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Denny Hamlin's downright feisty Sunday at Bristol. But what's the real deal on all these blown tires?

Denny Hamlin's downright feisty Sunday at Bristol. But what's the real deal on all these blown tires?

A cloudy day at Bristol, but a full day, and some of the drivers were really feeling their oats (Photo: Getty Images for NASCAR)

 (Updated)


   By Mike Mulhern
   mikemulhern.net


   BRISTOL, Tenn.
   Looks like Denny Hamlin has a little edge on him right now, doesn't it?
   Maybe NASCAR ought to give him a few bucks back for livening up the show here Sunday.
   But, uh, thinking Martinsville's Clay Campbell is already producing some TV ads to promote his April 7th 500 as an encore performance for Hamlin and former teammate Joey Logano, who was vowing to 'come after' Hamlin after their run-in late in the Food City 500.
    It was a hotly contested three hours at Bristol Motor Speedway, the high-banked half-mile where tempers typically flare.
    Half a dozen blown right-front tires sent drivers into the wall, and raised a few questions. Goodyear said the tire failures were melted beads, the result of over-heated brakes. But Kenny Francis, the winning crew chief, said he wasn't so sure it was that, but perhaps rather sidewall failures, from the tremendous load these tires have to endure here.
   NASCAR's new 2013s are very fast race cars, and speeds here were breath-taking. Using more brake would be expected.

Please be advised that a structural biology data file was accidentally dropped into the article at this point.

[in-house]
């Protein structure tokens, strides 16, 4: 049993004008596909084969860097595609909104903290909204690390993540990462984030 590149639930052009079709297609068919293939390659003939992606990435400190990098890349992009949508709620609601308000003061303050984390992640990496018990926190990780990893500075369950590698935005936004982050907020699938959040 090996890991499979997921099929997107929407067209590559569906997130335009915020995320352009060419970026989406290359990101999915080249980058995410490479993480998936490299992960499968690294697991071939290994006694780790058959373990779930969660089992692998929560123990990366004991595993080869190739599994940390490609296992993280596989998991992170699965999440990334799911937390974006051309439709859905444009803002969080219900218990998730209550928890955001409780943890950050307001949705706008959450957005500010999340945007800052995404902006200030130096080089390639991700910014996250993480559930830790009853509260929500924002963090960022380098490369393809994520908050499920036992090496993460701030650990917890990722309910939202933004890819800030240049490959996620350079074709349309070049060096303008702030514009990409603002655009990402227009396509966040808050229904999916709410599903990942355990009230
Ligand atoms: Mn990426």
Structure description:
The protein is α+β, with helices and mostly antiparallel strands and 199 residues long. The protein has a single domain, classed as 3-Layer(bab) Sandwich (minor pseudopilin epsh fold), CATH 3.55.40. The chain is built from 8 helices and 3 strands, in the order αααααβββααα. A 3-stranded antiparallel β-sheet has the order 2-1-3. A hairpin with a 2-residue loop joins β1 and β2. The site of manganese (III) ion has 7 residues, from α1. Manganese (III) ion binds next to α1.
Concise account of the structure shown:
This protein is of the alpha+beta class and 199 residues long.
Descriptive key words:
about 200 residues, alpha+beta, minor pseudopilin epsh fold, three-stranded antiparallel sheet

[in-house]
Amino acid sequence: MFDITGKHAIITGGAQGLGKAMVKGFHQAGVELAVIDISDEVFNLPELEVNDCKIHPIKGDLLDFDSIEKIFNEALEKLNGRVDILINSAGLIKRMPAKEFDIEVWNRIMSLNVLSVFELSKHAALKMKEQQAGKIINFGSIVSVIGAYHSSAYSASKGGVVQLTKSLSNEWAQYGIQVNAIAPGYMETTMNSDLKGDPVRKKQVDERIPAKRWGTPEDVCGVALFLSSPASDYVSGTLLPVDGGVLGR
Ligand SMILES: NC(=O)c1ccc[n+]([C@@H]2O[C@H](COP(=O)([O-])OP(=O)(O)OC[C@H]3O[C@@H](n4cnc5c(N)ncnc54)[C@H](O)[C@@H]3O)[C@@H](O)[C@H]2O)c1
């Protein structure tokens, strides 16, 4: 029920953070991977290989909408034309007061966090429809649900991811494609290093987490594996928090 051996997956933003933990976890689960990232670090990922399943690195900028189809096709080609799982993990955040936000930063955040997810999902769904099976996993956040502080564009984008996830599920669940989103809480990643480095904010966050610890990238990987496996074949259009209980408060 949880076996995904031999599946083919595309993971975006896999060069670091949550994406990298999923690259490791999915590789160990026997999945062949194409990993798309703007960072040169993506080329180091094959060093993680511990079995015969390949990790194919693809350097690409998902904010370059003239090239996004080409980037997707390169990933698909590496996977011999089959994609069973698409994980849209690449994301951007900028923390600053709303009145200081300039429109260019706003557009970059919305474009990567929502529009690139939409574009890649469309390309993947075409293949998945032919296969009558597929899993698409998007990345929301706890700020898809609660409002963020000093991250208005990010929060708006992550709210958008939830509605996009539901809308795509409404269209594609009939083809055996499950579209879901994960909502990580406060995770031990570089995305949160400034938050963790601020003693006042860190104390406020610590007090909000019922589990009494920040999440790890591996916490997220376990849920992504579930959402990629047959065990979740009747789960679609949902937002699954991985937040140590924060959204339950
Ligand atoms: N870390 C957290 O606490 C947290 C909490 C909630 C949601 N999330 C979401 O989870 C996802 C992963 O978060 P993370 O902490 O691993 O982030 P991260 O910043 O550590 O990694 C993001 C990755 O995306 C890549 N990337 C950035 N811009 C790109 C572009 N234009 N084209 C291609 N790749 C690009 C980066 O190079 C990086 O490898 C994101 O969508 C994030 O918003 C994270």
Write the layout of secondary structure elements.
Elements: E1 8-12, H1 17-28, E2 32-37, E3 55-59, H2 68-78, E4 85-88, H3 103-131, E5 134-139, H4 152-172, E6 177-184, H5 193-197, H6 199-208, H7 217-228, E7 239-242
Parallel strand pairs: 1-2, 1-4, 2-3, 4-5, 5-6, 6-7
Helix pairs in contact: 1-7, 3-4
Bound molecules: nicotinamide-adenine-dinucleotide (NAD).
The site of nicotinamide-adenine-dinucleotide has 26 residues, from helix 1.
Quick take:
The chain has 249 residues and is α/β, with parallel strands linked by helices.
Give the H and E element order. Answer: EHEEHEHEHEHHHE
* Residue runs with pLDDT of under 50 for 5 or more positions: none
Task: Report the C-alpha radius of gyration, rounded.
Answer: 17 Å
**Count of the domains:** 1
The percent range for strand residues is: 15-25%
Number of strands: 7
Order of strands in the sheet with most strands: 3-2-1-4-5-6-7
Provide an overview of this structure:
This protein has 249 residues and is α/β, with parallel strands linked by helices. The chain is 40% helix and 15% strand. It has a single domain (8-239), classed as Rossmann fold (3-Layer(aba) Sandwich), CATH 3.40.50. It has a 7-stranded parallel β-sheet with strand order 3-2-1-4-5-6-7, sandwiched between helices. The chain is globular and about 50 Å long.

Francis, one of the new breed of cerebral crew chiefs, says right-front blows are "not uncommon here.
   "We've had our share over the years. 
    "I tend to call the tire changes pretty conservatively.  I was pretty worried about the guys that took left-side tires (only, two-tire stops instead of four-tire stops).  Most of those cases they had a problem."
   Jeff Gordon was one of those, and so was Jimmie Johnson.
   "I don't mean to second guess anyone for the way they call their race, but I consciously didn't do that because I have been through that before," Francis went on.
   "My philosophy on this place is the tires will make a fuel run (about 120 to 140 laps), and anything beyond a fuel run, you're taking your chances.  When Jeff had his problems, it was beyond the laps of a normal fuel run.
    "The other problem that compounds that  -- over the years what I've learned -- the more restarts you have on a right-side tire on a track like this -- and Dover is another one -- the more potential you have to have a problem... because when you restart, it (the tires) are at low pressure. It's not as durable at low pressure as it is after the pressure builds up. 
     "If you have multiple restarts on a right-side tire, you have to watch out.
   "I hate it that guys have problems; but we consciously called the race to avoid that type of problem.
    "I didn't see any of the tires; (but) I don't think they were melted beads.  I've personally done it a number of times here -- had right-front sidewall failures. 
   "The problem here is it's just so much load; it's such an aggressive turn. 
   "The tire will run a full fuel run.  When you try to push it beyond that, it's questionable.